The head of a Pentecostal church based in Zambia has been sharply rebuked after accusing members of Zambia's government of selfish behavior and short-sighted policies.

Late last month Archbishop John Mambo, regional superintendent of the Church of God in southern Africa, based in Zambia, became involved in controversy because of his criticism of ministers in President Frederick Chiluba's government.

Archbishop Mambo, whose church is linked to churches in the United States and has 1.6 million members in Zambia, told ENI that President Chiluba had surrounded himself with selfish, inept politicians whose main interest was amassing wealth at the expense of Zambia's impoverished population.

"Today the richest person in Zambia is the politician, while the poor are getting poorer," he said, adding that the ministers had become "so ineffective that every decision taken has to be approved by the president."

He asked: "What is the use of having all those ministers and their deputies, if small problems like mending potholes in the country takes President Chiluba's intervention?"

Archbishop Mambo said President Chiluba's political survival was in serious jeopardy, and he must get rid of the "bad eggs" around him.

Archbishop Mambo also told Ecumenical News International (ENI) that some opposition parties in Zambia were very weak and disunited, and unable to provide serious criticism of the government. Some non-governmental organizations (NGOs) were "stronger and more forthright when it comes to speaking on behalf of the disadvantaged majority."

The archbishop's remarks have been rejected by both the government and opposition leaders. Newstead Zimba, government minister for information, said Archbishop Mambo's criticisms were unfounded.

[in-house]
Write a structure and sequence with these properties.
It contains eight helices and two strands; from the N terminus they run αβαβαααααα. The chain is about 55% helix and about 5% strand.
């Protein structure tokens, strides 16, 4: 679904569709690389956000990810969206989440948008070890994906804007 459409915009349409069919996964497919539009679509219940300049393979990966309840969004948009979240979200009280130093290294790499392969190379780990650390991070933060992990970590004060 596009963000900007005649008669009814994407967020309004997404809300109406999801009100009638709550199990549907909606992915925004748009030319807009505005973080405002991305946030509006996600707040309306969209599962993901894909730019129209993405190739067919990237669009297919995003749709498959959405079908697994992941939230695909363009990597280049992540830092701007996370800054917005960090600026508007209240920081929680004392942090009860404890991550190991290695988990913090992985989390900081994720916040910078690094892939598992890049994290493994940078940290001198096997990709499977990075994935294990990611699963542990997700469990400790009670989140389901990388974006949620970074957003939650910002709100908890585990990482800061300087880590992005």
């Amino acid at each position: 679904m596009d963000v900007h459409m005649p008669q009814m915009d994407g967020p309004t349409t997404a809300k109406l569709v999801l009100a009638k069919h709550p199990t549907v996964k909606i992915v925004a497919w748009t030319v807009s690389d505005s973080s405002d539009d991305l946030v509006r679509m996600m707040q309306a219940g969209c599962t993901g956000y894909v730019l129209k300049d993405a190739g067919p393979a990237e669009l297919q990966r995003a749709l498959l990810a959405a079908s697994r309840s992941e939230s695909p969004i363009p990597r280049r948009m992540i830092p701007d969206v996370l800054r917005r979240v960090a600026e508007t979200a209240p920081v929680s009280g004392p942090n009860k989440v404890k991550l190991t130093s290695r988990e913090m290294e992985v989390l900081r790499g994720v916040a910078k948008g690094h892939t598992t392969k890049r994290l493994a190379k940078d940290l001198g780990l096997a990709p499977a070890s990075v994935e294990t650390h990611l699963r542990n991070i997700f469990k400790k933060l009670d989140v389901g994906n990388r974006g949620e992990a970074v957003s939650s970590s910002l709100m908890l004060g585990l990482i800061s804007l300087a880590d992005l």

The archbishop should desist from making blanket condemnations of government ministers, Zimba said. If the attacks on government ministers continued, the archbishop risked being "branded an empty religious tin."

Wynter Kabimba, spokesman for seven opposition parties grouped as the Zambia Alliance for Progress (ZAP), said that in fact Archbishop Mambo and many Pentecostal clergymen had always defended the government when it came under attack from the opposition parties."

Church leaders should not speak for the poor only when it suits them," Kabimba said. "The church must redefine its role and work with those organizations that fight for the poor."

Copyright © 2000 Ecumenical News International. Used with permission.

Related Elsewhere's recent coverage of Zambia includes:
Eight Years after Zambia Became Christian Nation, Title Not Convincing | Immorality and corruption on the rise, say church leaders (Jan. 18, 2000)
Zambia President Disillusions Christians (Mar. 2, 1998)